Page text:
Fung, it would be much easier to consider "alternatives"--as you call them--if they did not always seem to be coming from people who (1) ignore the very real problem of perceived weakness by the enemy that their violent critique of the Administration has generated (2) seem not to acknowledge the existence or nature of the enemy and/or (3) do not appear to be covering their proverbial political *** or running for President.

To Fung or anyone else: I have not yet had it satisfactorily explained to me how solving the Iraq problem (Pelosi’s prescribed description) will be achieved by political changes (which will then hasten military changes). I think I understand their reasoning, but so far everyone advocating a "political solution" has not explained why the Iraqis will listen to the Maliki government if we pull out of Baghdad. I just don’t understand how anyone could possibly believe the situation will improve in our absence.

The above comment is why I, and many who share my views, are generally equating redeployment or a political soltution (such as it may be) with defeat. I truly have no problem with looking at alternatives, but I really don’t feel the Democrats’ position is an alternative to how to solve the problems in Iraq so much as it is a way to avoid them.

Julie,

First of all, if I am engaged in combat (which we are) then I don’t worry when an enemy thinks I am weak. Instead of making bad decisions to prevent my enemy’s perception of my weakness, I would take advantage of that erroneous perception, using it to predict when and where my enemy will attack, and then surprising that enemy with overwhelming force.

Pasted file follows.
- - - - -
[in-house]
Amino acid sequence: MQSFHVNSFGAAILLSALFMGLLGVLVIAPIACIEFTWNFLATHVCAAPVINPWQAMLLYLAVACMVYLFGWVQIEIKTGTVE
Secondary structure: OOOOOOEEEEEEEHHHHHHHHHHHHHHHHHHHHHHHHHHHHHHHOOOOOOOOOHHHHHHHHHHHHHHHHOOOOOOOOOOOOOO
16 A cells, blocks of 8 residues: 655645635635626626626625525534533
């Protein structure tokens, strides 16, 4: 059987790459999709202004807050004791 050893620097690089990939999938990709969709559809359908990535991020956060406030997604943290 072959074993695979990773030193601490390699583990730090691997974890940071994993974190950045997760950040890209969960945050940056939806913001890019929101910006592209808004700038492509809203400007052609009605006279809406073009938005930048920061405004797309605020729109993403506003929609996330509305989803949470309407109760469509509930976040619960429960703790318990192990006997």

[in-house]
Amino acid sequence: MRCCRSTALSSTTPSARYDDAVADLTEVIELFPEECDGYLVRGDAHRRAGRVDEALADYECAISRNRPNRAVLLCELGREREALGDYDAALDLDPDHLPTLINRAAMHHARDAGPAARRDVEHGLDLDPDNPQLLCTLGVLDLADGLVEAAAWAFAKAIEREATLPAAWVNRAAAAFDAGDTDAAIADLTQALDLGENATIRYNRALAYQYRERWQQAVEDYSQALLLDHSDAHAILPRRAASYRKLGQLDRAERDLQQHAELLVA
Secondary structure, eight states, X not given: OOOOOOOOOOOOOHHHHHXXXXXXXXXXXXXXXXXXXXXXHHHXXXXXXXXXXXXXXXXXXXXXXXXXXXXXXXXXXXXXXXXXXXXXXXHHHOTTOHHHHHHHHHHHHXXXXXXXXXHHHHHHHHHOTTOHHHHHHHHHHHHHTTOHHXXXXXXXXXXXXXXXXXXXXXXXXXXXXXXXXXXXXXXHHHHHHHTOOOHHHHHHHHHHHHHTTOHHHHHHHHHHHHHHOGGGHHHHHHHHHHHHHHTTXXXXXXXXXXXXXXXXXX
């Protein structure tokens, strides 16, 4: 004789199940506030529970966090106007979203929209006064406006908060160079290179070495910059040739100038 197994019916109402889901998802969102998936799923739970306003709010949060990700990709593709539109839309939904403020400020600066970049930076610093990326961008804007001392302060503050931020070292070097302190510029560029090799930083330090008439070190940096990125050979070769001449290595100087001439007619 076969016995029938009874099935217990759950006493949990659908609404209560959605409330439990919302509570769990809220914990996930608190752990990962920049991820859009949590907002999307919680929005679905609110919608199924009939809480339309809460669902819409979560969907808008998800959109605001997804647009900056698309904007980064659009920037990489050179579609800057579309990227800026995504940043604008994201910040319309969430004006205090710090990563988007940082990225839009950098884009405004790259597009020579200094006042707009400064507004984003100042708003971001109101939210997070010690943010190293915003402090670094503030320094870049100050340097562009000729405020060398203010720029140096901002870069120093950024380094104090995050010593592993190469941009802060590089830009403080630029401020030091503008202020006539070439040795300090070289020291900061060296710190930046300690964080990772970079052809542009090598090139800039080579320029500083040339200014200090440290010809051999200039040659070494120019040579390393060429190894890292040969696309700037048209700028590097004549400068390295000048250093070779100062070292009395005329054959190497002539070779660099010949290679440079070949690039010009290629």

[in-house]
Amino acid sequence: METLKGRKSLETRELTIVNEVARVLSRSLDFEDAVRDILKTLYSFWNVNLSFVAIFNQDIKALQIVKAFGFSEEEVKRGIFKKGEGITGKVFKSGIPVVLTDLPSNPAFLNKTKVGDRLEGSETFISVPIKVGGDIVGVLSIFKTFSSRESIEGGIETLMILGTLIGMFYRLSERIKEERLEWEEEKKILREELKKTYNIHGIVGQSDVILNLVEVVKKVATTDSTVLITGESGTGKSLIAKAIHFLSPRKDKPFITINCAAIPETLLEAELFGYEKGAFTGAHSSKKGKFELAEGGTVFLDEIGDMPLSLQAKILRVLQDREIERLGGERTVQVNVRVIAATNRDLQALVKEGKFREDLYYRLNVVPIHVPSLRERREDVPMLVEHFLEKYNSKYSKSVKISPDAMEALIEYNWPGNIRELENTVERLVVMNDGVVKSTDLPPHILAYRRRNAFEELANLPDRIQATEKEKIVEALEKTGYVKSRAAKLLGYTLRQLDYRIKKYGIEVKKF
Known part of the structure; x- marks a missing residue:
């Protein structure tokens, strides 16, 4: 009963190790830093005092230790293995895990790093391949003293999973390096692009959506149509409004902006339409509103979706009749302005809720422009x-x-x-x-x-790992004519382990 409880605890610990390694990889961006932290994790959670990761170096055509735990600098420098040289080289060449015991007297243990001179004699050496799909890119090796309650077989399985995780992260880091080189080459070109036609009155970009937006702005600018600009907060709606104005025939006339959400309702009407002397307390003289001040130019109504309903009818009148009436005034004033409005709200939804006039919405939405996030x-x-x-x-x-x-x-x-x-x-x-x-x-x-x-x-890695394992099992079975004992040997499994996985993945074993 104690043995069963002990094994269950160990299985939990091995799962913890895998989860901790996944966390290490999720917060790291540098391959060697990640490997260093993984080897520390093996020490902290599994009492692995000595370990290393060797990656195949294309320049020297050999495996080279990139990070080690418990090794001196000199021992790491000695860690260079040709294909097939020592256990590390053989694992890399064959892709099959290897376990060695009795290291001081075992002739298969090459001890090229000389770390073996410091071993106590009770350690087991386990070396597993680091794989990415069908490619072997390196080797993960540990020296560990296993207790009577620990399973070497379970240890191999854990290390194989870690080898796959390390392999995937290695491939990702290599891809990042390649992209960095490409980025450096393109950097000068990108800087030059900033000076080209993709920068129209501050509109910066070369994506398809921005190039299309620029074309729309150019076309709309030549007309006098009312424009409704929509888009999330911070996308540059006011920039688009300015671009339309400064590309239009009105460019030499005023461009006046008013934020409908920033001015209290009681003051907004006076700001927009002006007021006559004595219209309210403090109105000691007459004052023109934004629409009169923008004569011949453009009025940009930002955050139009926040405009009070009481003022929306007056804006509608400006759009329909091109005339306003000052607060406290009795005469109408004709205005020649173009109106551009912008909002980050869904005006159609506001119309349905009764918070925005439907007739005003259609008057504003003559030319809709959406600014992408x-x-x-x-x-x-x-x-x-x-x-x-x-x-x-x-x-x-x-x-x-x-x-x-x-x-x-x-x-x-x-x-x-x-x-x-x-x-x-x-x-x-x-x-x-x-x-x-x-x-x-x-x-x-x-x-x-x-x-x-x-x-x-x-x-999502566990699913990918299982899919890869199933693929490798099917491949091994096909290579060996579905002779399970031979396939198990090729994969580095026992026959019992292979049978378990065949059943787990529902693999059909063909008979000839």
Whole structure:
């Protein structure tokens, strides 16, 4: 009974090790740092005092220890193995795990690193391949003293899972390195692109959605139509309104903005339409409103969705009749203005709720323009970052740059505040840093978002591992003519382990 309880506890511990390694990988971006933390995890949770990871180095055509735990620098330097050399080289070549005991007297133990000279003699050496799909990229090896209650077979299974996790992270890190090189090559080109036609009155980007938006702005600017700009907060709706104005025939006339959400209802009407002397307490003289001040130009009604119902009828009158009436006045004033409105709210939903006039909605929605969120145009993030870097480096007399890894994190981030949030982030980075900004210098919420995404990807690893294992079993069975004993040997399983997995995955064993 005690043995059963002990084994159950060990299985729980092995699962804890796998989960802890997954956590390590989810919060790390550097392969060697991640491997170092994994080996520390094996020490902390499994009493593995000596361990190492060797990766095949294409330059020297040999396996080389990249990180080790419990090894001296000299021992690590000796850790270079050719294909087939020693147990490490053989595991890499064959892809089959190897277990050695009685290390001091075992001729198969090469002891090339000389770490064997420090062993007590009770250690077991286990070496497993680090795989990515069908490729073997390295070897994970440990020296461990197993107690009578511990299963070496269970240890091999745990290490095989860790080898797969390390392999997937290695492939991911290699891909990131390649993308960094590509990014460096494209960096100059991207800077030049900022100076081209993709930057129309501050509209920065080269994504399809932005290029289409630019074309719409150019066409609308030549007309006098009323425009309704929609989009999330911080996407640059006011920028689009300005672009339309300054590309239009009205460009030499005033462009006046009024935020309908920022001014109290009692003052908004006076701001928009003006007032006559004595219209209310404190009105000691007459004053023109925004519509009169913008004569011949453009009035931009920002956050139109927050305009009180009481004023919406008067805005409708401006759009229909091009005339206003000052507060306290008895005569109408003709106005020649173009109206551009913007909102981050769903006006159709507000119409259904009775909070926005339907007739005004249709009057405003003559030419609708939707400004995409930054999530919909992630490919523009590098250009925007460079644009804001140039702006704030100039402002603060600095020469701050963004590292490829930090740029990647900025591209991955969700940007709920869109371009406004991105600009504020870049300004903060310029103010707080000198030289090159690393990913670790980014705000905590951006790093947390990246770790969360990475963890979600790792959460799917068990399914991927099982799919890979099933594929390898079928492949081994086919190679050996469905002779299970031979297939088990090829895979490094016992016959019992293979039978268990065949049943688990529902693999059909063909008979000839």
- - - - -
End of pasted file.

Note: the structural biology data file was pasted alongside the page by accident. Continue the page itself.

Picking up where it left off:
On the other hand, if I AM weak, then I want to guard against my enemy’s accurate perception of my weakness. One way to do this is to concentrate my dwindling resources in a last-ditch, or nearly last-ditch effort to either fool or intimidate my enemy into withdrawal. But, assuming that my weakness is real, I can only afford so many last-ditch efforts. I hope that we are not at that point.

Second, no one denies that we have enemies in Iraq. But, it seems foolish to deny that (a) Today, Iraq hosts more, and not fewer enemies of the U.S. than it did 3 years ago, (b) We have enemies elsewhere and our actions in Iraq are adding to their numbers.

Third, which members of the Iraq Study Group are covering their tails and/or running for President? What of the generals whose counsel Bush disregarded? Were they running for President? Instead of covering their tails, they stuck their necks out, and look what happened to them!

I appreciated Webb’s distinction: Regarding the War on Terror, not one step back. Regarding Iraq, it is time to be smart, instead of right.

Andrew,

Obviously, there are many elements that I know very little about, but here is my initial response:

If the Maliki government lacks perceived legitimacy among those who want the U.S. out of Iraq, and if we re-deploy to the perimeters (Not out of the country, but out of the centers), then we achieve three things:

(1) Fewer U.S. troops are getting killed, (2) Fewer innocent Iraqis are being killed in the cross-fire between the U.S. and its enemies. Perhaps our enemies will continue to kill innocents, but then (a) perhaps Iraq can intervene, (b) perhaps the nature and identities of those enemies will be clearer to the world, and (c) we can always redeploy. (3) The Maliki government gains some credibility for presiding over our redeployment, possibly carving some room for talk.

Comparing the Erie Canal to a fight for America’s long term survival seems a little facile, to say the least.

The way I see it, Bush did squander his mandate, post 9/11, by focusing too much on the return to normalcy, "go shopping" and the rest of it. Instead of seeing 9/11 as a caesura, a true turning point, too many, including Bush on his "bad" days wanted to shrug it off and go back to 9/10. We have never been on a war footing. Biden’s execrable hearing yesterday was the politics of 9/10 in full swing.